Editorial Feature

An Introduction to What Color Is and How Color is Made

Image Credits: Nataliya Druchkova/shutterstock.com

Throughout history, there have been many theories looking to explain what color is. Early theories by Aristotle were based around the idea that all colors came from white and black, and were related to the ‘four elements’ but the first theory that laid the foundations of modern optics was provided by Sir Isaac Newton in 1666.

Splitting White Light

Newton passed a narrow beam of sunlight through a prism located in a dark room. Although the sunlight appeared while, on passing through the prism, the white light was split into all the components of the spectrum (red, orange, yellow, green, blue, indigo, and violet) and could be seen on the white screen behind.

People have already seen that light passing through a prism would result in a rainbow-like spectrum, but Newton’s experiments were the first to show that different colors are bent through different angles in the prism. After demonstrating that all the colors we see are part of white light, Newton passed the light through a second prism. Here, all the visible colors were merged again to result in white light.

Source of Color

Our ability to see colors is related to the interaction of light with the colored object. The color of an object is seen because the object reflects, absorbs, and transmits one or more of the colors that make up white light. The endless variety of colors is caused by the interrelationship of three elements: Light, the source of color; the material and its response to color; and the eye, the perceiver of color.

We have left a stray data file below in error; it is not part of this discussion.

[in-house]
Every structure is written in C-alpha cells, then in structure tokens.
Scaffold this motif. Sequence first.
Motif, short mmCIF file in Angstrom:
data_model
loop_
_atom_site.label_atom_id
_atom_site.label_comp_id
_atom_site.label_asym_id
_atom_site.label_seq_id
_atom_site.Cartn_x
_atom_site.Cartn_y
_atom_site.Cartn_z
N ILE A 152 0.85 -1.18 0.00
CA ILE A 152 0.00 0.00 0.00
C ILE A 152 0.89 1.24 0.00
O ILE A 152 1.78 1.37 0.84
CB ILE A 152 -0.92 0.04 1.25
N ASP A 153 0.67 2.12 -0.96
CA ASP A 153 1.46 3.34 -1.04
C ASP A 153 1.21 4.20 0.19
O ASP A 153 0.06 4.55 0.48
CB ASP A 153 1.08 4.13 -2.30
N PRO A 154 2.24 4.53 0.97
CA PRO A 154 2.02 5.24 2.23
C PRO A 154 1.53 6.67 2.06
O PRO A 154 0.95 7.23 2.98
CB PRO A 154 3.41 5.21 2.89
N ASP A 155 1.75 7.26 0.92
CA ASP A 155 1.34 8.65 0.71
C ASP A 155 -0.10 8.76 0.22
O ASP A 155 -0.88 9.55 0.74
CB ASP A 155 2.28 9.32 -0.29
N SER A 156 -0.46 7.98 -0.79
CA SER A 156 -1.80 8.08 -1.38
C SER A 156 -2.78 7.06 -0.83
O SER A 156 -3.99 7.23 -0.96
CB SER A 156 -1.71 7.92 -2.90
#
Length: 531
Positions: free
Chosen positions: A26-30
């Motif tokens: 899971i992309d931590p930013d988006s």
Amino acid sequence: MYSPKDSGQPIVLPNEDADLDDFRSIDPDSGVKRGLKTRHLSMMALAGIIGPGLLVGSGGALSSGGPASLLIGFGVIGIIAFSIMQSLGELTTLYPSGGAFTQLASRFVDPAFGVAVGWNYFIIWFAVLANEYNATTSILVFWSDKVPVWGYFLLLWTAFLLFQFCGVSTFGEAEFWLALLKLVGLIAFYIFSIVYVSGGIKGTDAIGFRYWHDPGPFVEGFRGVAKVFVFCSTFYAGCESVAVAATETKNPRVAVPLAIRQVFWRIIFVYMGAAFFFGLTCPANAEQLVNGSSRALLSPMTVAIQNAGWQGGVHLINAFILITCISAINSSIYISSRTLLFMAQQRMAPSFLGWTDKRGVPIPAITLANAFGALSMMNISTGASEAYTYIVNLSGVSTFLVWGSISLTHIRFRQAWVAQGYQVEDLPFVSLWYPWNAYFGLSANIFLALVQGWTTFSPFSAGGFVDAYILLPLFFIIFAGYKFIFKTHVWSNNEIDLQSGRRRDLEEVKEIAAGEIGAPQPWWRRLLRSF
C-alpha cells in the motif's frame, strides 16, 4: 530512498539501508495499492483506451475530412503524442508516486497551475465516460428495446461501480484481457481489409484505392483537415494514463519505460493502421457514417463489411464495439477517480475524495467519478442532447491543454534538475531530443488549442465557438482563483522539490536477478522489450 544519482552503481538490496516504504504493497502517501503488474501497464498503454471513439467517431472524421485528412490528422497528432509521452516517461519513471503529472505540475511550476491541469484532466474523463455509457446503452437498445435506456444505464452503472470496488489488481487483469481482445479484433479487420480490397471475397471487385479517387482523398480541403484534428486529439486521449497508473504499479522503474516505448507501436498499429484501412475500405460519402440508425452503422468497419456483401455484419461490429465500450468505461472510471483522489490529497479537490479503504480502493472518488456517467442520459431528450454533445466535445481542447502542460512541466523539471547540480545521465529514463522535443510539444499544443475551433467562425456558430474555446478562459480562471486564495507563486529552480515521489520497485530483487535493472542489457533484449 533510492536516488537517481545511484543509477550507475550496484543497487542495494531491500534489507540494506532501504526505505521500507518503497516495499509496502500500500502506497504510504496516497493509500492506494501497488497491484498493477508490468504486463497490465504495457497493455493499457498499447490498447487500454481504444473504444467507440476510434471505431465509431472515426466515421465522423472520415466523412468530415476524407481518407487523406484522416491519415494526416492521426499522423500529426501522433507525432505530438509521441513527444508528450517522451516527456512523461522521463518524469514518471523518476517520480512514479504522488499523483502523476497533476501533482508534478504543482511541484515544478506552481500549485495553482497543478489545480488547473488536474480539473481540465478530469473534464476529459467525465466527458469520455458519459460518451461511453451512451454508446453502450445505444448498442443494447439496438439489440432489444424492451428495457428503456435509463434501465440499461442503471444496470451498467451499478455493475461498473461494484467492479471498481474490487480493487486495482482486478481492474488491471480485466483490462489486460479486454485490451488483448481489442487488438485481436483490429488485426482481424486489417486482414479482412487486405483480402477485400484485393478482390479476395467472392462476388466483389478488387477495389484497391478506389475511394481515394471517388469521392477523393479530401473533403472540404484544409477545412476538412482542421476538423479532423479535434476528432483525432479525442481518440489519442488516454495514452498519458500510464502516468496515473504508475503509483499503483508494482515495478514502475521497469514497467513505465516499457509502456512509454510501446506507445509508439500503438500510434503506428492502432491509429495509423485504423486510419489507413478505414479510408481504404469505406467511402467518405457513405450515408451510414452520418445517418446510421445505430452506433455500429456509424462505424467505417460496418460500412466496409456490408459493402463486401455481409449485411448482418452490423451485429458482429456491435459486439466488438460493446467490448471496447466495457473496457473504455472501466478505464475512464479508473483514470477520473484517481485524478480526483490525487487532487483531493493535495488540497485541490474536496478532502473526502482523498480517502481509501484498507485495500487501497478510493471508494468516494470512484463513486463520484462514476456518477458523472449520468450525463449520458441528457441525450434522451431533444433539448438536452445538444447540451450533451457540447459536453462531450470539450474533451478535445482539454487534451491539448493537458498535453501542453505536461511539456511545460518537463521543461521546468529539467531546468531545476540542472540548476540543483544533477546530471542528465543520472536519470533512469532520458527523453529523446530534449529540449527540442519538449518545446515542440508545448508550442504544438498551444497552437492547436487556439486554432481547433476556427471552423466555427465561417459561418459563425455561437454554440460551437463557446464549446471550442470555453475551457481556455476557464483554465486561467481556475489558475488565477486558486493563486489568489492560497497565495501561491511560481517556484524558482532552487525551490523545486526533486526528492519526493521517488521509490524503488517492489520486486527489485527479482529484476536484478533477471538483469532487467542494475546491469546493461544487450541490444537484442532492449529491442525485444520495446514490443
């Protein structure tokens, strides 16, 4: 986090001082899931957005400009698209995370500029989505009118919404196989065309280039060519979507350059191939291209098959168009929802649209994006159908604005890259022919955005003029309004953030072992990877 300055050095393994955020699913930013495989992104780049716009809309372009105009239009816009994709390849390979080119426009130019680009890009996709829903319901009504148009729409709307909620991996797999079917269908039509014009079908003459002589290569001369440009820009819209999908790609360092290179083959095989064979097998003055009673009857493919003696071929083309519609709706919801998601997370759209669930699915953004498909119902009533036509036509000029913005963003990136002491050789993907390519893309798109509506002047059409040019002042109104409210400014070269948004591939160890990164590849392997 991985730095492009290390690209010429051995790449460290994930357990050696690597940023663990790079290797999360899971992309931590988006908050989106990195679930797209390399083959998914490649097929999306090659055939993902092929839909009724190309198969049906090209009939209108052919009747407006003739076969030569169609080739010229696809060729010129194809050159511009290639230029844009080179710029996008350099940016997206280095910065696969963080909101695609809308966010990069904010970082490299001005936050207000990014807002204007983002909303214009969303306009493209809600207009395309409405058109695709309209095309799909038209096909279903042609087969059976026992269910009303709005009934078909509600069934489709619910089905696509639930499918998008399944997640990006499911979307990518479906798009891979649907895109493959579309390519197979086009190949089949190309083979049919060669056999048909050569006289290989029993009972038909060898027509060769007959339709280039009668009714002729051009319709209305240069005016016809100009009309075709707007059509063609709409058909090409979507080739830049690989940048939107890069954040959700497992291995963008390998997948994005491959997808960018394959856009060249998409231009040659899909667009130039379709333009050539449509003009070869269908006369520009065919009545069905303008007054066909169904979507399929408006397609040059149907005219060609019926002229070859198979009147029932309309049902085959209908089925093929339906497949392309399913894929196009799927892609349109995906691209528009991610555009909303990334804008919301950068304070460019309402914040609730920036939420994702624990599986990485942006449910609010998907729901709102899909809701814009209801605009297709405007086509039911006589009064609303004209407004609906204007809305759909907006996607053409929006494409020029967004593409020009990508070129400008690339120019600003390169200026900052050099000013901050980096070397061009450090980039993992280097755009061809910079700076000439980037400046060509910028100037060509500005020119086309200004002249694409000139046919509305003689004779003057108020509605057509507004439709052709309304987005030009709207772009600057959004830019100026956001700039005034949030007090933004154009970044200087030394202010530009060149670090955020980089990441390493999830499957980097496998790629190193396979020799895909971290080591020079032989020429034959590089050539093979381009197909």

Primary or Additive Colors

There are two main models for using and understanding the interactions between different colors. The first is based on three primary colors, red, green and blue. Colors made by combining blue, green, and red light are called additive; and they are formed by adding different intensities and combinations of the three component colors. The other uses the ‘pigment color primaries’, cyan, magenta, and yellow, which again can be mixed to make new additive colors.

Pigment Colors

Pigments are strongly colored materials that change the color of reflected or transmitted light by absorbing a characteristic color of light. Pigments are found in certain kinds of paints and inks. Differences in the characteristic absorption and light scattering properties between different pigments are why they are available in such a wide range of colors.

Colors of the Visible Light Spectrum

color
wavelength interval frequency interval
red
~ 630–700 nm ~ 480–430 THz
orange
~ 590–630 nm ~ 510–480 THz
yellow
~ 560–590 nm ~ 540–510 THz
green
~ 490–560 nm ~ 610–540 THz
blue
~ 450–490 nm ~ 670–610 THz
violet
~ 400–450 nm ~ 750–670 THz

Article Updated on 11th March 2019

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